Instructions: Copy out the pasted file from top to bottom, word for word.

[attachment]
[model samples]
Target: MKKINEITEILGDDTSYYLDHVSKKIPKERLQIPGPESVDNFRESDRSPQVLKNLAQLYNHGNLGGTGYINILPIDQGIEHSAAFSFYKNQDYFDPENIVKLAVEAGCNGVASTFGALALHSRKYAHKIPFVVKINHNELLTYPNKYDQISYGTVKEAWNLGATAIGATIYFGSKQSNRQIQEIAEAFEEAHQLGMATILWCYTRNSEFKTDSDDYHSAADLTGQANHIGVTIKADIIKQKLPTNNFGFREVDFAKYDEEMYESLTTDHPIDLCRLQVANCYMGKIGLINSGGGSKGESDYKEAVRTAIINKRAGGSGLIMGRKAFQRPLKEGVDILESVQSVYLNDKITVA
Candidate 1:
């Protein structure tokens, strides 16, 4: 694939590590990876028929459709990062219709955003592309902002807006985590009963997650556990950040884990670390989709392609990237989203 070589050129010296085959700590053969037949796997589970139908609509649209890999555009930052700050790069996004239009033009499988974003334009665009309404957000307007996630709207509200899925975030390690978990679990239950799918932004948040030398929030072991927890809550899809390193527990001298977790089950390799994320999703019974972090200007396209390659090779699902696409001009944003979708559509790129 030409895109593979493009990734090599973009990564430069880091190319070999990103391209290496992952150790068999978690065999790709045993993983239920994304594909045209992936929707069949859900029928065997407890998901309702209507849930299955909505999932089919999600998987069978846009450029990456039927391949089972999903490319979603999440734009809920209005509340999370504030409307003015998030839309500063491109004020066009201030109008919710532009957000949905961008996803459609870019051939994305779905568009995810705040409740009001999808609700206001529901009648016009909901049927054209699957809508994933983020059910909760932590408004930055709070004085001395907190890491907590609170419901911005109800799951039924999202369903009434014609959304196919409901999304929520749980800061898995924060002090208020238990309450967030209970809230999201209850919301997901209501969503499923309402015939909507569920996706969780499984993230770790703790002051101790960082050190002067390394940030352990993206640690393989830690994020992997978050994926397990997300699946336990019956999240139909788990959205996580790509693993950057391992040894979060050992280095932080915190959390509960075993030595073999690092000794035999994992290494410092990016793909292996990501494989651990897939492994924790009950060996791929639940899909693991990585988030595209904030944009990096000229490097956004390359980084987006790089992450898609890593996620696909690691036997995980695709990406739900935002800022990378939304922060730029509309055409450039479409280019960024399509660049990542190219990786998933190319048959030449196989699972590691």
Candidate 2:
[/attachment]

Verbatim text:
[model samples]
Target: MKKINEITEILGDDTSYYLDHVSKKIPKERLQIPGPESVDNFRESDRSPQVLKNLAQLYNHGNLGGTGYINILPIDQGIEHSAAFSFYKNQDYFDPENIVKLAVEAGCNGVASTFGALALHSRKYAHKIPFVVKINHNELLTYPNKYDQISYGTVKEAWNLGATAIGATIYFGSKQSNRQIQEIAEAFEEAHQLGMATILWCYTRNSEFKTDSDDYHSAADLTGQANHIGVTIKADIIKQKLPTNNFGFREVDFAKYDEEMYESLTTDHPIDLCRLQVANCYMGKIGLINSGGGSKGESDYKEAVRTAIINKRAGGSGLIMGRKAFQRPLKEGVDILESVQSVYLNDKITVA
Candidate 1:
């Protein structure tokens, strides 16, 4: 694939590590990876028929459709990062219709955003592309902002807006985590009963997650556990950040884990670390989709392609990237989203 070589050129010296085959700590053969037949796997589970139908609509649209890999555009930052700050790069996004239009033009499988974003334009665009309404957000307007996630709207509200899925975030390690978990679990239950799918932004948040030398929030072991927890809550899809390193527990001298977790089950390799994320999703019974972090200007396209390659090779699902696409001009944003979708559509790129 030409895109593979493009990734090599973009990564430069880091190319070999990103391209290496992952150790068999978690065999790709045993993983239920994304594909045209992936929707069949859900029928065997407890998901309702209507849930299955909505999932089919999600998987069978846009450029990456039927391949089972999903490319979603999440734009809920209005509340999370504030409307003015998030839309500063491109004020066009201030109008919710532009957000949905961008996803459609870019051939994305779905568009995810705040409740009001999808609700206001529901009648016009909901049927054209699957809508994933983020059910909760932590408004930055709070004085001395907190890491907590609170419901911005109800799951039924999202369903009434014609959304196919409901999304929520749980800061898995924060002090208020238990309450967030209970809230999201209850919301997901209501969503499923309402015939909507569920996706969780499984993230770790703790002051101790960082050190002067390394940030352990993206640690393989830690994020992997978050994926397990997300699946336990019956999240139909788990959205996580790509693993950057391992040894979060050992280095932080915190959390509960075993030595073999690092000794035999994992290494410092990016793909292996990501494989651990897939492994924790009950060996791929639940899909693991990585988030595209904030944009990096000229490097956004390359980084987006790089992450898609890593996620696909690691036997995980695709990406739900935002800022990378939304922060730029509309055409450039479409280019960024399509660049990542190219990786998933190319048959030449196989699972590691």
Candidate 2: